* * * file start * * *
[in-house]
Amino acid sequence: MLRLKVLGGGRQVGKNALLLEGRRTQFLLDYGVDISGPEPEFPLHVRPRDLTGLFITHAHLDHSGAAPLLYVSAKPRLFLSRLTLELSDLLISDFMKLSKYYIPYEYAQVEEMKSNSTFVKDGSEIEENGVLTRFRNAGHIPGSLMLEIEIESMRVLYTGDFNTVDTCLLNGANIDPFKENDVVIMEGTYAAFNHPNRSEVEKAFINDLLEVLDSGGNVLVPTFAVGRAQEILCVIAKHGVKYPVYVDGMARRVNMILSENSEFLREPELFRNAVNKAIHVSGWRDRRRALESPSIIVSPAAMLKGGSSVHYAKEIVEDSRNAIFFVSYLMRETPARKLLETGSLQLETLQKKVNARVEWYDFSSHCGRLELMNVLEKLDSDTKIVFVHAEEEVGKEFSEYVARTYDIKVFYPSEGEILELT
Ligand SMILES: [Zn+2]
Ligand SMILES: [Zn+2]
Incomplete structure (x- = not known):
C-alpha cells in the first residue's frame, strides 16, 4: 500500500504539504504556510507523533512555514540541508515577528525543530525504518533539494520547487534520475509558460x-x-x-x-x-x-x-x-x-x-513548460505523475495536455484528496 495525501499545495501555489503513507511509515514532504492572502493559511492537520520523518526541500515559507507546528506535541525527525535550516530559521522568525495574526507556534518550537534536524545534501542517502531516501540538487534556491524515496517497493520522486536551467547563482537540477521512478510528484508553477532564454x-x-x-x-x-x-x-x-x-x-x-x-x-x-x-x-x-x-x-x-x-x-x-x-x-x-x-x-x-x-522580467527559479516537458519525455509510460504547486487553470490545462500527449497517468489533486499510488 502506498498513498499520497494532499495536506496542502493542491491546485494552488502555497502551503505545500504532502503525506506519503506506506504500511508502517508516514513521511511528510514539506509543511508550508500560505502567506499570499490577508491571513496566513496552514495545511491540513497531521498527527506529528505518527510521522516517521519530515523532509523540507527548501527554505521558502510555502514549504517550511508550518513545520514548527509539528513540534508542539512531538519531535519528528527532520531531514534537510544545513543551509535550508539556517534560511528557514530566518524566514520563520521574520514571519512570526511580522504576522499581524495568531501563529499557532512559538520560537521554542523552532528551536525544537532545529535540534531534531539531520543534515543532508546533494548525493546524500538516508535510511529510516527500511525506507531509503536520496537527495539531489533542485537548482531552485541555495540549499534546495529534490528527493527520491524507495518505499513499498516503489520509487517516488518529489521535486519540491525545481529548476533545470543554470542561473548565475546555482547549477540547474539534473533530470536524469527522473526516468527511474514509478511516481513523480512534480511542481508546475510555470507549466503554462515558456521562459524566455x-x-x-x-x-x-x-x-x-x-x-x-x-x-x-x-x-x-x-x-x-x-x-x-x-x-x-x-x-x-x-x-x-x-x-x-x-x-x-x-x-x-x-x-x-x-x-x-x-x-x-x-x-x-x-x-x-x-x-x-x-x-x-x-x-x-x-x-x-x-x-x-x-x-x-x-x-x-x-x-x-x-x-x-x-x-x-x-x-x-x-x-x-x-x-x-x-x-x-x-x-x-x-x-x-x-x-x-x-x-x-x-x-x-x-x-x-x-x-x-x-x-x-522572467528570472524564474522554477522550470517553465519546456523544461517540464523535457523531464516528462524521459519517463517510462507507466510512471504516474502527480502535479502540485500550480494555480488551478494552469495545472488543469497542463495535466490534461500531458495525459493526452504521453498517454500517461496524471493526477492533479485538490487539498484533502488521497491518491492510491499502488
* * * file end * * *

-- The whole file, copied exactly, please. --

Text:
[in-house]
Amino acid sequence: MLRLKVLGGGRQVGKNALLLEGRRTQFLLDYGVDISGPEPEFPLHVRPRDLTGLFITHAHLDHSGAAPLLYVSAKPRLFLSRLTLELSDLLISDFMKLSKYYIPYEYAQVEEMKSNSTFVKDGSEIEENGVLTRFRNAGHIPGSLMLEIEIESMRVLYTGDFNTVDTCLLNGANIDPFKENDVVIMEGTYAAFNHPNRSEVEKAFINDLLEVLDSGGNVLVPTFAVGRAQEILCVIAKHGVKYPVYVDGMARRVNMILSENSEFLREPELFRNAVNKAIHVSGWRDRRRALESPSIIVSPAAMLKGGSSVHYAKEIVEDSRNAIFFVSYLMRETPARKLLETGSLQLETLQKKVNARVEWYDFSSHCGRLELMNVLEKLDSDTKIVFVHAEEEVGKEFSEYVARTYDIKVFYPSEGEILELT
Ligand SMILES: [Zn+2]
Ligand SMILES: [Zn+2]
Incomplete structure (x- = not known):
C-alpha cells in the first residue's frame, strides 16, 4: 500500500504539504504556510507523533512555514540541508515577528525543530525504518533539494520547487534520475509558460x-x-x-x-x-x-x-x-x-x-513548460505523475495536455484528496 495525501499545495501555489503513507511509515514532504492572502493559511492537520520523518526541500515559507507546528506535541525527525535550516530559521522568525495574526507556534518550537534536524545534501542517502531516501540538487534556491524515496517497493520522486536551467547563482537540477521512478510528484508553477532564454x-x-x-x-x-x-x-x-x-x-x-x-x-x-x-x-x-x-x-x-x-x-x-x-x-x-x-x-x-x-522580467527559479516537458519525455509510460504547486487553470490545462500527449497517468489533486499510488 502506498498513498499520497494532499495536506496542502493542491491546485494552488502555497502551503505545500504532502503525506506519503506506506504500511508502517508516514513521511511528510514539506509543511508550508500560505502567506499570499490577508491571513496566513496552514495545511491540513497531521498527527506529528505518527510521522516517521519530515523532509523540507527548501527554505521558502510555502514549504517550511508550518513545520514548527509539528513540534508542539512531538519531535519528528527532520531531514534537510544545513543551509535550508539556517534560511528557514530566518524566514520563520521574520514571519512570526511580522504576522499581524495568531501563529499557532512559538520560537521554542523552532528551536525544537532545529535540534531534531539531520543534515543532508546533494548525493546524500538516508535510511529510516527500511525506507531509503536520496537527495539531489533542485537548482531552485541555495540549499534546495529534490528527493527520491524507495518505499513499498516503489520509487517516488518529489521535486519540491525545481529548476533545470543554470542561473548565475546555482547549477540547474539534473533530470536524469527522473526516468527511474514509478511516481513523480512534480511542481508546475510555470507549466503554462515558456521562459524566455x-x-x-x-x-x-x-x-x-x-x-x-x-x-x-x-x-x-x-x-x-x-x-x-x-x-x-x-x-x-x-x-x-x-x-x-x-x-x-x-x-x-x-x-x-x-x-x-x-x-x-x-x-x-x-x-x-x-x-x-x-x-x-x-x-x-x-x-x-x-x-x-x-x-x-x-x-x-x-x-x-x-x-x-x-x-x-x-x-x-x-x-x-x-x-x-x-x-x-x-x-x-x-x-x-x-x-x-x-x-x-x-x-x-x-x-x-x-x-x-x-x-x-522572467528570472524564474522554477522550470517553465519546456523544461517540464523535457523531464516528462524521459519517463517510462507507466510512471504516474502527480502535479502540485500550480494555480488551478494552469495545472488543469497542463495535466490534461500531458495525459493526452504521453498517454500517461496524471493526477492533479485538490487539498484533502488521497491518491492510491499502488